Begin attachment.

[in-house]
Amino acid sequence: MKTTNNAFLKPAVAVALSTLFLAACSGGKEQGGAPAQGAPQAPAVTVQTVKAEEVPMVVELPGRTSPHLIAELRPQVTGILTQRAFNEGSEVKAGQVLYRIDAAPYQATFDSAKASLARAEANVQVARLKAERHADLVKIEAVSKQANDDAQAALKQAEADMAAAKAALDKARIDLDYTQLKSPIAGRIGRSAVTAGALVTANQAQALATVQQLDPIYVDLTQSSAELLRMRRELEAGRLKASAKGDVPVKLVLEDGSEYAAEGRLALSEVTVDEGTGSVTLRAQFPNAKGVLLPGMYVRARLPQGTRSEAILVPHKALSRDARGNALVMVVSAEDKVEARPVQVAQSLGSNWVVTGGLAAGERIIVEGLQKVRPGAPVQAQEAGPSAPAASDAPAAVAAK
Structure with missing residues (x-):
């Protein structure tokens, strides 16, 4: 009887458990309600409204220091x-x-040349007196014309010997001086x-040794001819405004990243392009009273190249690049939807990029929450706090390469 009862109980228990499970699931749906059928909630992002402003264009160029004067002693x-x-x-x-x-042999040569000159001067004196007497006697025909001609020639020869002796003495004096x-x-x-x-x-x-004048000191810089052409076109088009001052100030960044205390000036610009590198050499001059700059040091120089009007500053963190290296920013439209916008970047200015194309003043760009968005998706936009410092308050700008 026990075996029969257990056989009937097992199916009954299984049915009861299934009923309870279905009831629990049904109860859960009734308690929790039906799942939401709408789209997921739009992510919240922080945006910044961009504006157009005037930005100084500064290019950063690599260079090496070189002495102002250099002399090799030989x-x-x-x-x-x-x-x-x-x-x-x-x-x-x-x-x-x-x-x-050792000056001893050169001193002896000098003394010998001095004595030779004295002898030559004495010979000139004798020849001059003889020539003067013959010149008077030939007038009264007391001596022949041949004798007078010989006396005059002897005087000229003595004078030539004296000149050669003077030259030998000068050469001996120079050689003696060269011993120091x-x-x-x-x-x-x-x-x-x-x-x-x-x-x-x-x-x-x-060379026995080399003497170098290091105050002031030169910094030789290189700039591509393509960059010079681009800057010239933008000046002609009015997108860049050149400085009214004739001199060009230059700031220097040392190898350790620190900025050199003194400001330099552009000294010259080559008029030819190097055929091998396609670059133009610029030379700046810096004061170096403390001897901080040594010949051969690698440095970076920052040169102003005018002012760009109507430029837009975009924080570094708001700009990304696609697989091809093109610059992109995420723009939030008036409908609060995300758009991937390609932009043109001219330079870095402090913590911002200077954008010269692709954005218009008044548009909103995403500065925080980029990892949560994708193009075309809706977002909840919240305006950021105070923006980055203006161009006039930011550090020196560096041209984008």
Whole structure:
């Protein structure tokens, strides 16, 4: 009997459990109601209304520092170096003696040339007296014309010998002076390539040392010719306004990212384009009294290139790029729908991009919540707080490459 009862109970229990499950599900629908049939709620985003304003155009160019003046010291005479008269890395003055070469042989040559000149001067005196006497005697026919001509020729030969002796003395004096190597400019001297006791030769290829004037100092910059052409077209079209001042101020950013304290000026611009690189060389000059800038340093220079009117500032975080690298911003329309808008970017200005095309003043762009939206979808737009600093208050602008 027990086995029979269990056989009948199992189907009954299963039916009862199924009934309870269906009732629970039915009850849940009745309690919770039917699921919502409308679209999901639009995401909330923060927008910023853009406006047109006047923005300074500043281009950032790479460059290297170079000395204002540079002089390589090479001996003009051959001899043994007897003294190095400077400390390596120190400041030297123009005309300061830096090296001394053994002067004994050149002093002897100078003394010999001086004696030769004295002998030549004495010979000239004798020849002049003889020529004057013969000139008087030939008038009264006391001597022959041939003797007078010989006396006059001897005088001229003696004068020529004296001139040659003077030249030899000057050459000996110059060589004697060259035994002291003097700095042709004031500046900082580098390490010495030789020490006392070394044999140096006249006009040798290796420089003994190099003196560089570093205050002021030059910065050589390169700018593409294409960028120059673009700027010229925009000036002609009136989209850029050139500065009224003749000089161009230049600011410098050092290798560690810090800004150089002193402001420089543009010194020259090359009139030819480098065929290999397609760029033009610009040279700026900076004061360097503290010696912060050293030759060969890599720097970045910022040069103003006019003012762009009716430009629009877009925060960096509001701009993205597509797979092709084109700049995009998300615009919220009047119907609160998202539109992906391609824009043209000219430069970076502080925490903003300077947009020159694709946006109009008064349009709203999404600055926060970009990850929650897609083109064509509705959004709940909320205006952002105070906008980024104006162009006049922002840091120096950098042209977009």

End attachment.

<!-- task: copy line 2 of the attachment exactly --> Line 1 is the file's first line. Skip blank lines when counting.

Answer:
Amino acid sequence: MKTTNNAFLKPAVAVALSTLFLAACSGGKEQGGAPAQGAPQAPAVTVQTVKAEEVPMVVELPGRTSPHLIAELRPQVTGILTQRAFNEGSEVKAGQVLYRIDAAPYQATFDSAKASLARAEANVQVARLKAERHADLVKIEAVSKQANDDAQAALKQAEADMAAAKAALDKARIDLDYTQLKSPIAGRIGRSAVTAGALVTANQAQALATVQQLDPIYVDLTQSSAELLRMRRELEAGRLKASAKGDVPVKLVLEDGSEYAAEGRLALSEVTVDEGTGSVTLRAQFPNAKGVLLPGMYVRARLPQGTRSEAILVPHKALSRDARGNALVMVVSAEDKVEARPVQVAQSLGSNWVVTGGLAAGERIIVEGLQKVRPGAPVQAQEAGPSAPAASDAPAAVAAK